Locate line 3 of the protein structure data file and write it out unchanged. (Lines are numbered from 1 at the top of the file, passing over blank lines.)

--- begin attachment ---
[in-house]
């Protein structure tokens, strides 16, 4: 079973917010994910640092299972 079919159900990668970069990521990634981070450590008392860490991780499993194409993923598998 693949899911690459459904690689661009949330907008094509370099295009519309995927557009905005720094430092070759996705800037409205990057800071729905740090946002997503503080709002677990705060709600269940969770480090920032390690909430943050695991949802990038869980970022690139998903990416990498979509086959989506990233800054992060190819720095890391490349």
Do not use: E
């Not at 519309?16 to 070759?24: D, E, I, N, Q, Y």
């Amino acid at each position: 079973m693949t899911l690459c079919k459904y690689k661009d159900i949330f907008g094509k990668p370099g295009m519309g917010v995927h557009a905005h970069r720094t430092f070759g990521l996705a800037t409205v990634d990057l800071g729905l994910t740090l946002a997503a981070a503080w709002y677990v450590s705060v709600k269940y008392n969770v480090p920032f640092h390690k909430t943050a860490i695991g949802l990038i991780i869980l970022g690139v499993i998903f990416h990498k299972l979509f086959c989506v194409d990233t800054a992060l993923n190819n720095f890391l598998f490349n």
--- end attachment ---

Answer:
Do not use: E